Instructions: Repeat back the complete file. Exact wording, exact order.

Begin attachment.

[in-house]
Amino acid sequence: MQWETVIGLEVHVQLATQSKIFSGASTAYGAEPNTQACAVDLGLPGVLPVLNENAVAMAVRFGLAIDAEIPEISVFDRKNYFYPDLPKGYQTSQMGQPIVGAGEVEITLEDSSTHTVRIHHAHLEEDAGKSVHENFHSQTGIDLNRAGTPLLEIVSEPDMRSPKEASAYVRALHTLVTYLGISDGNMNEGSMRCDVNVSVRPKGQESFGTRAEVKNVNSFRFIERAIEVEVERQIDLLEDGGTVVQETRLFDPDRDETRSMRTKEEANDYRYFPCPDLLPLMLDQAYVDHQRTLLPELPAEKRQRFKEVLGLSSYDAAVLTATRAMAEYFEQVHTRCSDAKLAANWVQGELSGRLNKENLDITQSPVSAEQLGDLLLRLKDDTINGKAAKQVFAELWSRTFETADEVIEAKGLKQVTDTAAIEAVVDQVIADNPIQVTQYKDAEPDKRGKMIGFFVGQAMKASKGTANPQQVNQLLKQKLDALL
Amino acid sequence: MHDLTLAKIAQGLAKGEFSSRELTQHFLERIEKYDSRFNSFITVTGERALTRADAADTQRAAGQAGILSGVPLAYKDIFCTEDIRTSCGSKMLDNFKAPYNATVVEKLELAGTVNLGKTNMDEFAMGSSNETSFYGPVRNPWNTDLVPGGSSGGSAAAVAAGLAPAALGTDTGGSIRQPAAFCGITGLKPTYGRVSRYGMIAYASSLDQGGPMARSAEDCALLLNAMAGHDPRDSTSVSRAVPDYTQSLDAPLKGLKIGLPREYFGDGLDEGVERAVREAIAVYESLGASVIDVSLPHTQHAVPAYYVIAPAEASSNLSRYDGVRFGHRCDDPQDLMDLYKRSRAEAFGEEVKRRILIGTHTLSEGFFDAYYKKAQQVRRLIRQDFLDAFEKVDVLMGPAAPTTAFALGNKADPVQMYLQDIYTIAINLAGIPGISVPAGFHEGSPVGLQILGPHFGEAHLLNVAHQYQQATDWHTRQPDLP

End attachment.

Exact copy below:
[in-house]
Amino acid sequence: MQWETVIGLEVHVQLATQSKIFSGASTAYGAEPNTQACAVDLGLPGVLPVLNENAVAMAVRFGLAIDAEIPEISVFDRKNYFYPDLPKGYQTSQMGQPIVGAGEVEITLEDSSTHTVRIHHAHLEEDAGKSVHENFHSQTGIDLNRAGTPLLEIVSEPDMRSPKEASAYVRALHTLVTYLGISDGNMNEGSMRCDVNVSVRPKGQESFGTRAEVKNVNSFRFIERAIEVEVERQIDLLEDGGTVVQETRLFDPDRDETRSMRTKEEANDYRYFPCPDLLPLMLDQAYVDHQRTLLPELPAEKRQRFKEVLGLSSYDAAVLTATRAMAEYFEQVHTRCSDAKLAANWVQGELSGRLNKENLDITQSPVSAEQLGDLLLRLKDDTINGKAAKQVFAELWSRTFETADEVIEAKGLKQVTDTAAIEAVVDQVIADNPIQVTQYKDAEPDKRGKMIGFFVGQAMKASKGTANPQQVNQLLKQKLDALL
Amino acid sequence: MHDLTLAKIAQGLAKGEFSSRELTQHFLERIEKYDSRFNSFITVTGERALTRADAADTQRAAGQAGILSGVPLAYKDIFCTEDIRTSCGSKMLDNFKAPYNATVVEKLELAGTVNLGKTNMDEFAMGSSNETSFYGPVRNPWNTDLVPGGSSGGSAAAVAAGLAPAALGTDTGGSIRQPAAFCGITGLKPTYGRVSRYGMIAYASSLDQGGPMARSAEDCALLLNAMAGHDPRDSTSVSRAVPDYTQSLDAPLKGLKIGLPREYFGDGLDEGVERAVREAIAVYESLGASVIDVSLPHTQHAVPAYYVIAPAEASSNLSRYDGVRFGHRCDDPQDLMDLYKRSRAEAFGEEVKRRILIGTHTLSEGFFDAYYKKAQQVRRLIRQDFLDAFEKVDVLMGPAAPTTAFALGNKADPVQMYLQDIYTIAINLAGIPGISVPAGFHEGSPVGLQILGPHFGEAHLLNVAHQYQQATDWHTRQPDLP